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Exercise 16 - starting NetBeans

  1. Download and install the current version of the free Integrated Development Environment NetBeans, from
    (The following steps were written using NetBeans version 6.8)
  2. On the File menu select New project...
  3. In the New project dialogue select Java as the category and Java application as the project. Click the Next button.
  4. In the next page of the dialogue type Ex16 as the project name , set a suitable project location (the last part of the path ought to be ex16). Of the check boxes, only tick "Set as main project" for now (you can try other possibilities yourself later). Click the Finish button.
  5. In the top left window of NetBeans ensure the Projects tab is selected. You should now see your new project, Ex16. Open up the + boxes to see it something like this:

    This project view is the most useful way of looking at the project while developing it. You can try the Files tab, to see what files there are (similar to what you can see in Windows Explorer):

    but then go back to the Projects tab.
  6. Notice that you have a Source Packages branch in the tree, containing just a default package, currently empty. Also there is a Libraries branch which should contain the current JDK (if it does not, highlight the project name in the tree, Ex16, right-click on it and from the pop-up menu select Properties, at the bottom; the resulting Project properties dialogue has a section for libraries, where you can set the Java platform).
    We will not use the Test Packages or Test Libraries until we get on to unit testing later in the course, so forget about those for now.
  7. Right-click on the Source Packages branch in the project tree. From the pop-up menu select New and then Java package...
  8. In the New Java package dialogue type net.grelf.course as the package name and click the Finish button. You will see that the package now exists in the project tree, under Source Packages.
  9. Right-click on that new package and select New and then Java class...
  10. In the New Java class dialogue type TextFileReader as the class name and click the Finish button. The class appears in the project tree under its package. Also the skeleton of its source code opens in the editor window on the right:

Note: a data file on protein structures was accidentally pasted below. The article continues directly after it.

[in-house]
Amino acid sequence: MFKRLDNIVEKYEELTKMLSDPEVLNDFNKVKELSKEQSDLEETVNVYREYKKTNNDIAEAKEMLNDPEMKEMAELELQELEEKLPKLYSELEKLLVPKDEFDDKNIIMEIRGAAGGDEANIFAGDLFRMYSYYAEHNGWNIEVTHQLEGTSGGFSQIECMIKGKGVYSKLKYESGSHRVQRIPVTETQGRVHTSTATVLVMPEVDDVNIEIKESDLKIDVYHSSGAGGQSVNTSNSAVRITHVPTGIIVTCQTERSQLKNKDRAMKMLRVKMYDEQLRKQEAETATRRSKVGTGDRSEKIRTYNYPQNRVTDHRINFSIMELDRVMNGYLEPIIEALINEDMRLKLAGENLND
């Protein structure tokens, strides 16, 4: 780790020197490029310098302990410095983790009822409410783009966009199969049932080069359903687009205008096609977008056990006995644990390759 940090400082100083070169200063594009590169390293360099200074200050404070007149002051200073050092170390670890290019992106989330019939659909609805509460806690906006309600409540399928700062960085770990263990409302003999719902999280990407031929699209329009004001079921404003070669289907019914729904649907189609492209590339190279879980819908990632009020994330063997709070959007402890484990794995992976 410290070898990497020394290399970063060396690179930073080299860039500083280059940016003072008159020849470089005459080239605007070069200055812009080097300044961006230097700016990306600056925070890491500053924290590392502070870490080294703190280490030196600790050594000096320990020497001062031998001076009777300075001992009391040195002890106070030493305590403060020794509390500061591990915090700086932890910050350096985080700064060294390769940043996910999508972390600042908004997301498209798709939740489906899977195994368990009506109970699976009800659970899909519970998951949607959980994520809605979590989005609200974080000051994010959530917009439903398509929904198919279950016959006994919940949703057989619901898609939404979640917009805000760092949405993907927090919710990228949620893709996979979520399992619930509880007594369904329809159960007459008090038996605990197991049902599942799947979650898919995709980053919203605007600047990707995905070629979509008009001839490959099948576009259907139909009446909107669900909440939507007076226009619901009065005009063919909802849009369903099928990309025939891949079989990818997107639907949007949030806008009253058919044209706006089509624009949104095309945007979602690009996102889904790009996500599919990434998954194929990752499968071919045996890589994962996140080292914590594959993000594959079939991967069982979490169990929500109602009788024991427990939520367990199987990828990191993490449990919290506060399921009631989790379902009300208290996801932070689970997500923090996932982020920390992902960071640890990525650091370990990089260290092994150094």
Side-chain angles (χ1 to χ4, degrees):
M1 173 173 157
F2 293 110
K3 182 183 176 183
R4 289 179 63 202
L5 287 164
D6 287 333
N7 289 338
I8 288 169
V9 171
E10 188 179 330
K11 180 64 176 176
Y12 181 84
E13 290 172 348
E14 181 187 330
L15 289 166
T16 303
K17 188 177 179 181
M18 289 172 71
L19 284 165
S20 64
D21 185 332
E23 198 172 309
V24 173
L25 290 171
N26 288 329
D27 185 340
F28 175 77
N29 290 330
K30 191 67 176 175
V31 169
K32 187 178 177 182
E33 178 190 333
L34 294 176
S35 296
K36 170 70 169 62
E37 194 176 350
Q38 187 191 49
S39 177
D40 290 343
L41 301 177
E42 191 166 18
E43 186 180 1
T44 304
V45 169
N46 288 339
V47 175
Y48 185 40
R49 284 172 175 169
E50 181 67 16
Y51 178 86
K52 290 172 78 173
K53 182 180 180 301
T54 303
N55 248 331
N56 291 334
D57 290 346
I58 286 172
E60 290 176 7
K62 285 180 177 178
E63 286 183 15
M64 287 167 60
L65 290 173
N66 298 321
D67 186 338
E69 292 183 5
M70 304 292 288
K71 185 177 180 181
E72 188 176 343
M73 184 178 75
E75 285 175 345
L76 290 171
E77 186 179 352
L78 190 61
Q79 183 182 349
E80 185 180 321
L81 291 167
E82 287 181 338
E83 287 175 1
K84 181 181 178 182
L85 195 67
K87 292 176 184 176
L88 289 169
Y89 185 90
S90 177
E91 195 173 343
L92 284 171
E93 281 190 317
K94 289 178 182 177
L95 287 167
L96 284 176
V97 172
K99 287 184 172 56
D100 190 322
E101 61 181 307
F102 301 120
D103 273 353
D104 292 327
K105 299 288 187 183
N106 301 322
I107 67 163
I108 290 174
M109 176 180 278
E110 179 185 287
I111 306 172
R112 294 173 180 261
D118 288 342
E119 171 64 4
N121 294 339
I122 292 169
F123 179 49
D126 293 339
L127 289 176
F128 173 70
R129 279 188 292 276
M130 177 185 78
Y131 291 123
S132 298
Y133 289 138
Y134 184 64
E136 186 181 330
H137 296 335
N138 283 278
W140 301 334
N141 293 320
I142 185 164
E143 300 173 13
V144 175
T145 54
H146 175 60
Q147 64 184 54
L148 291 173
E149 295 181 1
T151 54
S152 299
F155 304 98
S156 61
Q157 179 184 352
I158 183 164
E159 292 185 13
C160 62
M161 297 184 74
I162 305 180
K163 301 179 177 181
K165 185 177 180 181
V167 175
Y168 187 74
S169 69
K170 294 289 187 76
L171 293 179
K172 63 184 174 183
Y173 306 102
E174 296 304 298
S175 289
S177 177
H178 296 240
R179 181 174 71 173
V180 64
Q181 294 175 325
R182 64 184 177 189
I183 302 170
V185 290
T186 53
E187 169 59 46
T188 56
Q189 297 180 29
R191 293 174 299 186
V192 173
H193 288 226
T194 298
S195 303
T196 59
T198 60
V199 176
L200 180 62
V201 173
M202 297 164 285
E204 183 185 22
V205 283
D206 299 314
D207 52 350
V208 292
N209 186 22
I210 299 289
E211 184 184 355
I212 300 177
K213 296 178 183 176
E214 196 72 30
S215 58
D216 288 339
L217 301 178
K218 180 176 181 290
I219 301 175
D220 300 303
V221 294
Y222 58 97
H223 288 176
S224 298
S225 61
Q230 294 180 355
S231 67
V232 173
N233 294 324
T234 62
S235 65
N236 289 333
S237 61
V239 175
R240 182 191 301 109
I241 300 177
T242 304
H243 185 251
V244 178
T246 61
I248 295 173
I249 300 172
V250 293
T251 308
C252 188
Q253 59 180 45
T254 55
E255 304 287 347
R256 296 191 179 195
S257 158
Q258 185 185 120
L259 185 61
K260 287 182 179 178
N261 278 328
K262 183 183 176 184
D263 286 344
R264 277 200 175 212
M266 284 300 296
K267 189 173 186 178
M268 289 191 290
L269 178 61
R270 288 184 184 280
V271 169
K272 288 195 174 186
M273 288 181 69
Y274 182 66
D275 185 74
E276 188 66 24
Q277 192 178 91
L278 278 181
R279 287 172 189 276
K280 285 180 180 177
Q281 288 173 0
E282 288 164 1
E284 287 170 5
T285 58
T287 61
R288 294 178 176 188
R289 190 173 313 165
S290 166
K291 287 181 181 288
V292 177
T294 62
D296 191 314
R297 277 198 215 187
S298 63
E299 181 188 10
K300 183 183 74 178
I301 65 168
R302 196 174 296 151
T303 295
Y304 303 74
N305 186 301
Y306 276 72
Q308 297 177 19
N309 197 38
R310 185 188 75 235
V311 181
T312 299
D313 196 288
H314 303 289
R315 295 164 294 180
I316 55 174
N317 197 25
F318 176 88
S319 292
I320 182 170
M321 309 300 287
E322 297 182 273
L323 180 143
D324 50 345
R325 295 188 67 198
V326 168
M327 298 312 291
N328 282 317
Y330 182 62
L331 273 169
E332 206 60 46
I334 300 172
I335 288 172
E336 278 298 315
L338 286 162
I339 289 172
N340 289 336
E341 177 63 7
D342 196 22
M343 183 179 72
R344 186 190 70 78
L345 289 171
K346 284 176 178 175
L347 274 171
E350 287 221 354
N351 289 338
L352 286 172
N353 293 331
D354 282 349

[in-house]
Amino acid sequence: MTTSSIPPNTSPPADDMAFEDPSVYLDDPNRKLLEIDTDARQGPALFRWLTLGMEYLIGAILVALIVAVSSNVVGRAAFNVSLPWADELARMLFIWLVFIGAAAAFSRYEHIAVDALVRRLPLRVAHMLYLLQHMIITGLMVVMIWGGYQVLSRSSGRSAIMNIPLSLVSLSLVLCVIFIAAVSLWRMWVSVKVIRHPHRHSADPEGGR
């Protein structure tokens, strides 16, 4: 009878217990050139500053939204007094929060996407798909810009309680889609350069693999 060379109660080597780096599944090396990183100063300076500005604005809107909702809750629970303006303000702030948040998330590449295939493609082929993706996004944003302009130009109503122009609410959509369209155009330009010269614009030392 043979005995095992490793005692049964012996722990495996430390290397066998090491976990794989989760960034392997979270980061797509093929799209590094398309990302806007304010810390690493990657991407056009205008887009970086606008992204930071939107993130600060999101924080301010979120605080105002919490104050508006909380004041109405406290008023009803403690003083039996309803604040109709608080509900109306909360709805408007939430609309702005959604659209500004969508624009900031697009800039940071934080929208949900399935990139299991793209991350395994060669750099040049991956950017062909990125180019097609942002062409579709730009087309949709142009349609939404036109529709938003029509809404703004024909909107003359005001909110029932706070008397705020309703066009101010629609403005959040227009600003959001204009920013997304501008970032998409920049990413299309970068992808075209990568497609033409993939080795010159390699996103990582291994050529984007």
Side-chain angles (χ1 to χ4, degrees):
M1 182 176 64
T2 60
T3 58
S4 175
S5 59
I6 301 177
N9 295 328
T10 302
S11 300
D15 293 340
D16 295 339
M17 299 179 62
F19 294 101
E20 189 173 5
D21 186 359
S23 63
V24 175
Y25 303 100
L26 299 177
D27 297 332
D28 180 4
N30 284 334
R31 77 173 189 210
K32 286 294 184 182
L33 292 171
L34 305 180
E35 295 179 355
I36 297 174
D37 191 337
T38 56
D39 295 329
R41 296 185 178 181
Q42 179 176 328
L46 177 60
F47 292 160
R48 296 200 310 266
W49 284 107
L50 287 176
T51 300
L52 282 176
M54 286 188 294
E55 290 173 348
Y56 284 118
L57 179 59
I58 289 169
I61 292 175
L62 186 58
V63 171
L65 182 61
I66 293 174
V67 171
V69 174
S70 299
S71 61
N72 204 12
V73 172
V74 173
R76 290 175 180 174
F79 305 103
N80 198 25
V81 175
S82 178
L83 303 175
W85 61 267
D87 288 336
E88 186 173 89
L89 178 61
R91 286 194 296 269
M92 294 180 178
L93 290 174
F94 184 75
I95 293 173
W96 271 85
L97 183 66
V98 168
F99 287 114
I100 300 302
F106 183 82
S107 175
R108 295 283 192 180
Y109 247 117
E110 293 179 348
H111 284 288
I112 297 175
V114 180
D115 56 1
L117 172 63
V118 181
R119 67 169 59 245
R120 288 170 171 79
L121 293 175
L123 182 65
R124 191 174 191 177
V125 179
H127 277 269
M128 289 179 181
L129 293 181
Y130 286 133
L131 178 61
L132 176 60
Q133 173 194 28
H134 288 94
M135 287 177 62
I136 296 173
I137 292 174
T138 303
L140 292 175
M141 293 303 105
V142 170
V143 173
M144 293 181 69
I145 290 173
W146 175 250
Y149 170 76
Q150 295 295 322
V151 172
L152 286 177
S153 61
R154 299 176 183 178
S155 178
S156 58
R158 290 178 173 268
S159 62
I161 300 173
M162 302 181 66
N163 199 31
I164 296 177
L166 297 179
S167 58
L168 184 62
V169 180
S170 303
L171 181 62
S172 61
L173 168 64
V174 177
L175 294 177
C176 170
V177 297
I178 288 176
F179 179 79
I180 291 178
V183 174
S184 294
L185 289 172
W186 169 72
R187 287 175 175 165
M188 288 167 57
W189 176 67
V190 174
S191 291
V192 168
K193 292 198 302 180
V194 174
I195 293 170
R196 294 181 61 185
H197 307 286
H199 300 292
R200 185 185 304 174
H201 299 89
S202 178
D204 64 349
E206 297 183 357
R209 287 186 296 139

package net.grelf.course;
    	/** */
    	public class TextFileReader

    However, it may not be laid out like that. Formatting can be controlled: right-click on the project name (Ex16) in the tree, select Properties, in the left of the Project properties dialogue select Formatting, select Use global options and click Edit global options, select Java as the language and Braces as the category, then I like to have New line for the first 3 drop-downs and Generate for the others; explore for yourself the other formatting options and click OK when happy.
  11. In the editor window, inside the class braces, we are going to put a main() method. Start typing pu (for public) and pause. A warning comes up at the left. Whenever this happens there are two things you might do: (a) with the cursor in the line showing the error, press Alt+Enter (2 keys together); this may result in a list of suggestions popping up so you can use arrows to go up or down the list and hit Enter to accept a suggestion; in the present case the one suggestion (create class pu) is not helpful, so press Esc to get out of the list; (b) press Ctrl+Spacebar (2 keys together); in the present case that causes the word public to be completed for you automatically; if there had been several possibilities for the word, the possibilities would again have been presented as a pop-up list from which the right one could be selected by arrows and then Enter.
    So remember those two key combinations: they can save you a lot of typing! Using long names for variables, classes, etc will no longer be a burden, so make your names really meaningful.
  12. So now go ahead and make a main() method that takes one command line argument (the path to a file) and calls an instance method yet to be written:
    	private boolean output (String filePath)
    This method is to return false if the file does not exist, in which case the main method will say that (on the console). Otherwise it returns true and sends the contents of the file to the console. Copy code we had earlier for reading the text file.
    You should be able to do all of that and see how NetBeans helps you when something is wrong or not yet complete. Notice also that markers are put in the project tree and on the tabs at the top of the editor window when files contain errors. Red bars also appear in the right margin of the editor and you can click on any of those to go straight to the relevant source line.
  13. When all the error markers have gone you will be able to run the program. NetBeans will have been compiling in the background to create class file(s) as necessary, so it only remainins to run the compiled code. There are several ways to do that: there is a Run menu, there is a green button on the icons bar, or you can right click on a file and select Run this file. The only snag is how to enter the command line argument (the path to the file). The Project properties dialogue has a Run section which enables you to enter the run-time arguments. You will soon see where the console output goes: below the editor.
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